In 1986, Father Greeley established a $1 million Catholic Inner-City School Fund, providing scholarships and financial support to schools in the Chicago Archdiocese with a minority student body of more than 50 percent. In 1984, he contributed a $1 million endowment to establish a chair in Roman Catholic Studies at the University of Chicago. He also funded an annual lecture series, "The Church in Society," at St. Mary of the Lake Seminary, Mundelein, Illinois, from which he received his S.T.L. in 1954.
Father Greeley received many honors and awards, including honorary degrees from the National University of Ireland at Galway, the University of Arizona and Bard College. A Chicago native, he earned his M.A. in 1961 and his Ph.D. in 1962 from the University of Chicago.
Father Greeley was a penetrating student of popular culture, deeply engaged with the world around him, and a lifelong Chicago sports fan, cheering for the Bulls, Bears and the Cubs. Born in 1928, he died in May 2013 at the age of 85.


Priest, sociologist, author and journalist, Father Andrew M. Greeley built an international assemblage of devout fans over a career spanning five decades. His books include the Bishop Blackie Ryan novels, including The Archbishop in Andalusia, the Nuala Anne McGrail novels, including Irish Tweed, and The Cardinal Virtues. He was the author of over 50 best-selling novels and more than 100 works of non-fiction, and his writing has been translated into 12 languages.

Father Greeley was a Professor of Sociology at the University of Arizona and a Research Associate with the National Opinion Research Center (NORC) at the University of Chicago. In addition to scholarly studies and popular fiction, for many years he penned a weekly column appearing in the Chicago Sun-Times and other newspapers. He was also a frequent contributor to The New York Times, the National Catholic Reporter, America and Commonweal, and was interviewed regularly on national radio and television. He authored hundreds of articles on sociological topics, ranging from school desegregation to elder sex to politics and the environment.

Throughout his priesthood, Father Greeley unflinchingly urged his beloved Church to become more responsive to evolving concerns of Catholics everywhere. His clear writing style, consistent themes and celebrity stature made him a leading spokesperson for generations of Catholics. He chronicled his service to the Church in two autobiographies, Confessions of a Parish Priest and Furthermore!

In 1986, Father Greeley established a $1 million Catholic Inner-City School Fund, providing scholarships and financial support to schools in the Chicago Archdiocese with a minority student body of more than 50 percent. In 1984, he contributed a $1 million endowment to establish a chair in Roman Catholic Studies at the University of Chicago. He also funded an annual lecture series, “The Church in Society,” at St. Mary of the Lake Seminary, Mundelein, Illinois, from which he received his S.T.L. in 1954.

Father Greeley received many honors and awards, including honorary degrees from the National University of Ireland at Galway, the University of Arizona and Bard College. A Chicago native, he earned his M.A. in 1961 and his Ph.D. in 1962 from the University of Chicago.

Father Greeley was a penetrating student of popular culture, deeply engaged with the world around him, and a lifelong Chicago sports fan, cheering for the Bulls, Bears and the Cubs. Born in 1928, he died in May 2013 at the age of 85.

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Irish Tweed (Nuala Anne McGrail Series) 4.5 out of 5 based on 0 ratings. 13 reviews.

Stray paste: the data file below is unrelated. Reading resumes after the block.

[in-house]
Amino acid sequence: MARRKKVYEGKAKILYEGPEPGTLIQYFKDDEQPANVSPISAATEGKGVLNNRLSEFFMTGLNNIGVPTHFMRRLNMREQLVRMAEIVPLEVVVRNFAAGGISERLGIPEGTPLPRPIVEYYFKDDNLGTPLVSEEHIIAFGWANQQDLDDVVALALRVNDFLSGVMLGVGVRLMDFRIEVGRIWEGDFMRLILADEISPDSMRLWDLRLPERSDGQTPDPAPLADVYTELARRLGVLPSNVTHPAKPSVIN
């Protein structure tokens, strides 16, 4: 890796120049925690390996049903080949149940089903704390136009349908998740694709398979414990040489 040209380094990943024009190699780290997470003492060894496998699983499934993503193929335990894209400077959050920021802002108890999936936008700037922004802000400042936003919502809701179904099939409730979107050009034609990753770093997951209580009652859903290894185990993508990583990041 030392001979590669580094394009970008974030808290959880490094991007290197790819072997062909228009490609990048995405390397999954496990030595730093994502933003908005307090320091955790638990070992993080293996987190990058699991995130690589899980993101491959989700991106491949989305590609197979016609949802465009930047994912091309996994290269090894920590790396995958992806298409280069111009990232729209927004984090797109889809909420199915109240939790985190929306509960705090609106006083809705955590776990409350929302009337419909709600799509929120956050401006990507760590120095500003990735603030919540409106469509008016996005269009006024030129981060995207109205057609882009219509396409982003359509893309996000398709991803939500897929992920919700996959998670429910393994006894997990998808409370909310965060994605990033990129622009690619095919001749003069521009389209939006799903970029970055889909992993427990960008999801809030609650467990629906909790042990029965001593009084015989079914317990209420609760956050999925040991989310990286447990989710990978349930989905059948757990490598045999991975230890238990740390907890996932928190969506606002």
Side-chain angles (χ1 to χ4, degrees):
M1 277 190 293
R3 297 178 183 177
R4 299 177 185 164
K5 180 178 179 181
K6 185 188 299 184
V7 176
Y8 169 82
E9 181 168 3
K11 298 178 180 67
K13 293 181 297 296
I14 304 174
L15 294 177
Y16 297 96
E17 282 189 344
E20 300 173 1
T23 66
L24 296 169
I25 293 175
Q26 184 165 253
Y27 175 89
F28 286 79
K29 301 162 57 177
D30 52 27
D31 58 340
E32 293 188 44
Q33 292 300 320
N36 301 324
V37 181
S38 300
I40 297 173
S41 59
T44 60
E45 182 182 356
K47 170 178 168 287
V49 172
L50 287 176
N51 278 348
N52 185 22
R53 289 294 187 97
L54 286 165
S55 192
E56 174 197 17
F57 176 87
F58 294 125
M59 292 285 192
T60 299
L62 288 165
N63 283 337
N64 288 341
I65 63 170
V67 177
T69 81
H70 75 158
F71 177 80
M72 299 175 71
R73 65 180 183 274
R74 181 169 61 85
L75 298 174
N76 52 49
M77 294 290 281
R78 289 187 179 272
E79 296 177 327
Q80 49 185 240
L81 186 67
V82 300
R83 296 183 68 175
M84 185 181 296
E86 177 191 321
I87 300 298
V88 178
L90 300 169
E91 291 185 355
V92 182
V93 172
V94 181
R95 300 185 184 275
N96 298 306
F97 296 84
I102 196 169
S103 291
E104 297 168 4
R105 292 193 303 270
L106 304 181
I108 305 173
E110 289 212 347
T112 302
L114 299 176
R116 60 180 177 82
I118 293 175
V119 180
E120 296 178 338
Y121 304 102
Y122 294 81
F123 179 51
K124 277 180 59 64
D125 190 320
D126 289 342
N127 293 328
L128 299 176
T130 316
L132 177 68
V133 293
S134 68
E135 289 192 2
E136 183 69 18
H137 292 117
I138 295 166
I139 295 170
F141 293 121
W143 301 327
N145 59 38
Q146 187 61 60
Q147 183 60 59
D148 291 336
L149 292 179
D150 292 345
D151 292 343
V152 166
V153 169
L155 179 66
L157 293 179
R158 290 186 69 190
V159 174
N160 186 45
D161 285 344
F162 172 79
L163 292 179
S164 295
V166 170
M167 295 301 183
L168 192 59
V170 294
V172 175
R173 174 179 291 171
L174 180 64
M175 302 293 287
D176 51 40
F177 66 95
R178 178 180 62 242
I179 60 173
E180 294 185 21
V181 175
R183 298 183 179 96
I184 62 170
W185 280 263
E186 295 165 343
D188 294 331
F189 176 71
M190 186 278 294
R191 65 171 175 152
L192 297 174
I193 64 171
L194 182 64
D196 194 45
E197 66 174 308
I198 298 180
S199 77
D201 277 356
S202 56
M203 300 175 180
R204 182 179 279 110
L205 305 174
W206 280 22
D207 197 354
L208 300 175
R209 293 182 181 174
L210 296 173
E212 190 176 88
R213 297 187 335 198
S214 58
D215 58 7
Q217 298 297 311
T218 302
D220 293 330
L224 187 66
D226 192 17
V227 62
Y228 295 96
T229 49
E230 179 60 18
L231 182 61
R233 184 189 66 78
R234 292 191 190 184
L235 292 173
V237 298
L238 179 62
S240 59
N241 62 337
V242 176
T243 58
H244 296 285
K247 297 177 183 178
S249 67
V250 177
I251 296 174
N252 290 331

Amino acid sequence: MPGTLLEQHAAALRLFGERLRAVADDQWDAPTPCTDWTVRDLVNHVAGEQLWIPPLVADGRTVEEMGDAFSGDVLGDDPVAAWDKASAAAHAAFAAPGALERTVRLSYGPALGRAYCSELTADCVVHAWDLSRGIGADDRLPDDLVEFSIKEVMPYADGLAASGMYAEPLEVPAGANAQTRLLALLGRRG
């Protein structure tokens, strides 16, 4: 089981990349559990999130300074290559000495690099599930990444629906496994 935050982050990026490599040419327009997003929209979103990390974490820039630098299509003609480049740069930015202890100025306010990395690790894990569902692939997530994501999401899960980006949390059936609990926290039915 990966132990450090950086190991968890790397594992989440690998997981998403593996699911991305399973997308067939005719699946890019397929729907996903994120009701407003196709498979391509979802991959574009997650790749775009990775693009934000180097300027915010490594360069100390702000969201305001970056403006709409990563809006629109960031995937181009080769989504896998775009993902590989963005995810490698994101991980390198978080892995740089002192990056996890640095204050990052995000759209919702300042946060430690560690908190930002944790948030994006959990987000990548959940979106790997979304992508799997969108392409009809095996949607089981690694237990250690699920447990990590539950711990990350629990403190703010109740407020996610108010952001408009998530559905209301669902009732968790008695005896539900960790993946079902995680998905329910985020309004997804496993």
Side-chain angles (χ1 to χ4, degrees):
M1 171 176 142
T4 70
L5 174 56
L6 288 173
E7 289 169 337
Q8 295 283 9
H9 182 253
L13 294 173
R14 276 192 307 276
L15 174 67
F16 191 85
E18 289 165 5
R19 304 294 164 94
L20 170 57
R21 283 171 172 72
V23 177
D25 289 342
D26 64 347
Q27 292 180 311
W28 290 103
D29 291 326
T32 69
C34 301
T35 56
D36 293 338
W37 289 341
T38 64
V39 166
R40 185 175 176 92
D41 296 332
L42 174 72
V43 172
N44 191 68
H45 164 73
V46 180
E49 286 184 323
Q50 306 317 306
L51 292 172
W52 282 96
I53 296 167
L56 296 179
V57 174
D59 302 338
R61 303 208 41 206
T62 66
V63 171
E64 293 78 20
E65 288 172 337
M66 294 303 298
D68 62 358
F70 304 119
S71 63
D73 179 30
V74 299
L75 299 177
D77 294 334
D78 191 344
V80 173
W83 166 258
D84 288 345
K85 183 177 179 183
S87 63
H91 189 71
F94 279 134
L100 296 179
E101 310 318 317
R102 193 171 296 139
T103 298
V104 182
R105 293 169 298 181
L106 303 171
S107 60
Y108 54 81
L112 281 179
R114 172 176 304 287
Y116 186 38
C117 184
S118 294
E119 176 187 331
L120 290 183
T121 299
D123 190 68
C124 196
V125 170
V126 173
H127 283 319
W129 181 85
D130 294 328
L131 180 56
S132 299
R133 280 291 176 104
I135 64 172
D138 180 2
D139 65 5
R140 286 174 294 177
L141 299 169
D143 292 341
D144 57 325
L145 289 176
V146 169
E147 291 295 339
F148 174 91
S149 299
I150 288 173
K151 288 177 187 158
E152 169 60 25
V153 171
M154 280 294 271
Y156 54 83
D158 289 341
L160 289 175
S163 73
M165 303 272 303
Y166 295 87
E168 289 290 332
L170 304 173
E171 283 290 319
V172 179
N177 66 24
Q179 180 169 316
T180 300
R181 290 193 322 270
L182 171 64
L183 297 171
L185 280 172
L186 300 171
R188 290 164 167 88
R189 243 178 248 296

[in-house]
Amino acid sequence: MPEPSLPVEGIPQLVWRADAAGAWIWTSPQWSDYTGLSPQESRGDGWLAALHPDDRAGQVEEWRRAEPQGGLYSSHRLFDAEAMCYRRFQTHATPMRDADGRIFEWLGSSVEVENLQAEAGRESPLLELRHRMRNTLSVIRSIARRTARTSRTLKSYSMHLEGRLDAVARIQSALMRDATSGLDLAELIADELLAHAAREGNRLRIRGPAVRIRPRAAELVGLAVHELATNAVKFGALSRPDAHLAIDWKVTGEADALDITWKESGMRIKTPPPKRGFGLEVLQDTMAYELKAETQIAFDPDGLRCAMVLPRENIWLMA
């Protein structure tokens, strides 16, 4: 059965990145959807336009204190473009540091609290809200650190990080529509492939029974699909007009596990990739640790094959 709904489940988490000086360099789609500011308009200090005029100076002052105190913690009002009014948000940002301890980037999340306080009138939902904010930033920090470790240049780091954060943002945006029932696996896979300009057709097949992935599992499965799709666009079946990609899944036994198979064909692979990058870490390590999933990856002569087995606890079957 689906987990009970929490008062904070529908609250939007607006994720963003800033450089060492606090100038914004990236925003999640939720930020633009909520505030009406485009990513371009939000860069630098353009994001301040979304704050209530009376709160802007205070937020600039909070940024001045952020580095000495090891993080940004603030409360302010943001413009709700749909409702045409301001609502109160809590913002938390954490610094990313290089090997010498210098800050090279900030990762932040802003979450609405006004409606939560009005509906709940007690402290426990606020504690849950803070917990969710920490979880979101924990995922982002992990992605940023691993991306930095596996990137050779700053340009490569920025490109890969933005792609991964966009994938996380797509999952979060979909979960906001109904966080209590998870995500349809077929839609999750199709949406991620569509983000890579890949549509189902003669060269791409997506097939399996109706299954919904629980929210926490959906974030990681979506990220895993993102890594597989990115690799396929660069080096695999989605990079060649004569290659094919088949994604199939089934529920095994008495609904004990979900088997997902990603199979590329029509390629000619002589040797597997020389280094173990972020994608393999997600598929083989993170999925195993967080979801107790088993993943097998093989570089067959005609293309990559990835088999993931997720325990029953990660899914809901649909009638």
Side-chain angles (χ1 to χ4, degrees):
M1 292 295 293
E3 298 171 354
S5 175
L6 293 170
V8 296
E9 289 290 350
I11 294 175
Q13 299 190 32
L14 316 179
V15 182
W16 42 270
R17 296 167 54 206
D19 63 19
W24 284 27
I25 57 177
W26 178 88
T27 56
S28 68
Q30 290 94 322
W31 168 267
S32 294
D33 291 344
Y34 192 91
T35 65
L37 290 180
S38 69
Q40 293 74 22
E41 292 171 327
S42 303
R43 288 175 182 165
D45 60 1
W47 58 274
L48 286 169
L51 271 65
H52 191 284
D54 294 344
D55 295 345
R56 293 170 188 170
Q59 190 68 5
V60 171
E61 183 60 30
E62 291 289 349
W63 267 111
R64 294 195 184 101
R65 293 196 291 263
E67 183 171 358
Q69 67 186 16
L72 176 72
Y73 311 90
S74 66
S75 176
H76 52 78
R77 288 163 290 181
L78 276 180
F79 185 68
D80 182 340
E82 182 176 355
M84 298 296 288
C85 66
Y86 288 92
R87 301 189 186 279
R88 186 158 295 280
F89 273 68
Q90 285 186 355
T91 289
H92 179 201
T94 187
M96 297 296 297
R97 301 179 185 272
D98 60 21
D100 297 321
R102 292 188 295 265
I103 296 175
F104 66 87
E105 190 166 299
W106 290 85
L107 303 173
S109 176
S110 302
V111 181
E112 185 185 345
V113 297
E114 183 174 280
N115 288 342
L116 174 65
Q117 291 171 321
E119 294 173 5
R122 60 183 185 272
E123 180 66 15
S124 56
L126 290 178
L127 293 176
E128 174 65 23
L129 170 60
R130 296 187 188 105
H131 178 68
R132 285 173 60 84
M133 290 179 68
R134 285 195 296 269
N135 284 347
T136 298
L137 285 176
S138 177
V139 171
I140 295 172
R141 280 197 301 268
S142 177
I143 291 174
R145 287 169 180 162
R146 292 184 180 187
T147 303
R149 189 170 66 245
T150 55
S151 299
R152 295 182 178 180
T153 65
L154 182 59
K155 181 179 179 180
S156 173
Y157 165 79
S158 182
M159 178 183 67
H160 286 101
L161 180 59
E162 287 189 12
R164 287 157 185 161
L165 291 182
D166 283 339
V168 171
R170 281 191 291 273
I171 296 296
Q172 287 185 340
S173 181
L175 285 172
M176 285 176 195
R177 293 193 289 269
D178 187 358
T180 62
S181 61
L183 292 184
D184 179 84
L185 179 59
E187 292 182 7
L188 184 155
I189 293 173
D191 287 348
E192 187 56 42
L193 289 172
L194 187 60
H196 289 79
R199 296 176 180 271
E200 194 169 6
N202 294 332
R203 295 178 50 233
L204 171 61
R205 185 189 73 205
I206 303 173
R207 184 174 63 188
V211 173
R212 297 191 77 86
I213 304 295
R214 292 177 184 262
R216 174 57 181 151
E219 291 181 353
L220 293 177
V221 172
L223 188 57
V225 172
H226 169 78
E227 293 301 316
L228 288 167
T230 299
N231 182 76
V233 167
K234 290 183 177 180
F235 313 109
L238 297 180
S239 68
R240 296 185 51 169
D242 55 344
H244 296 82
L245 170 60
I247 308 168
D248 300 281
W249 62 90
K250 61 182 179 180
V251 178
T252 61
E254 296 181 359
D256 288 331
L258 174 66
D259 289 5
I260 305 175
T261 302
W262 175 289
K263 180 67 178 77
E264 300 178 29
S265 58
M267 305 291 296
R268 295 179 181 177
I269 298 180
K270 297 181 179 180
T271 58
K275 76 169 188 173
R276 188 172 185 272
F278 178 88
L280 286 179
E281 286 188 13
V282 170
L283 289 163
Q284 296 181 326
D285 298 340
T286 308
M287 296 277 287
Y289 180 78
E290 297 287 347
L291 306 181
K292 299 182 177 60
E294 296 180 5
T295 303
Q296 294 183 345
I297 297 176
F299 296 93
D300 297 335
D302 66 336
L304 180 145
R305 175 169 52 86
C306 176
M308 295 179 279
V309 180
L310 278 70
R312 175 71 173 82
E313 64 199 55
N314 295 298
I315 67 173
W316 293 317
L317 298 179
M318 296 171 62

dhaupt More than 1 year ago
As in all of Father Andrew Greeley's Nuala Ann McGrail novels, this one is funny, heartwarming, insightful, and romantic. He's in top form with this one, while Nuala Ann is trying to solve some evil going on in the 21st century she's also uncovering an memoir of a late 19th and early 20th century immigrant from Ireland, a young lady adopted by a Chicago family who becomes a Doctor. There is no better storyteller than Father Greeley, his accounts of this rare Chicago family who's characters are so warm and loving and devoted to one another are top notch. And it doesn't hurt that this Chicago Irishman adds just a touch of fey to this wonderful piece of fiction. His dialogue along with his tale is what really sets this book apart from others in it's genre, he adds just enough of the West of Ireland dialect to keep it off the beaten path. His outlook on married physical love and the roles in the family must make him an excellent marriage/family counselor in his every day vocation as a parish priest. I think any lover of great fiction would love this novel.
sej35 More than 1 year ago
I loved this book. I enjoyed the story within the story as much as I did of the fey Nuala. We all have an ancestral pass that links us with who and what we are today. Love nutures love thru the passages of time, unfortunately hate does the same. The hate must end, and does given enough time. I always see my Catholic Faith in the way Fr. Greeley intends, its the Faith not necessarily those that govern it that make us all Children of God.
irishpol More than 1 year ago
nuala anne is at her best. she and dermot always get to the nitty gritty of the subject and solve the both mysteries. at the same time they show compassion.
jfk1942 More than 1 year ago
As usual Greeley has written a great book. Both his Nuala Anne books & His Father Blackie books end with you can't wait till his next one. Too bad that he only writes about one a year in both series
irish523 More than 1 year ago
Once again I am delighted with Andrew Greeley's Nuala tales. Wonderful book that I found very hard to put down. I read this book in 2 sittings! Can't wait for another installment...........
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Redhead44 More than 1 year ago
Once again Father Greeley has a hit on his hands. Nuala Anne and compnay never fail to be entertaining. I always look to the next one in the series. Long live the Irish witch and her family!!!!!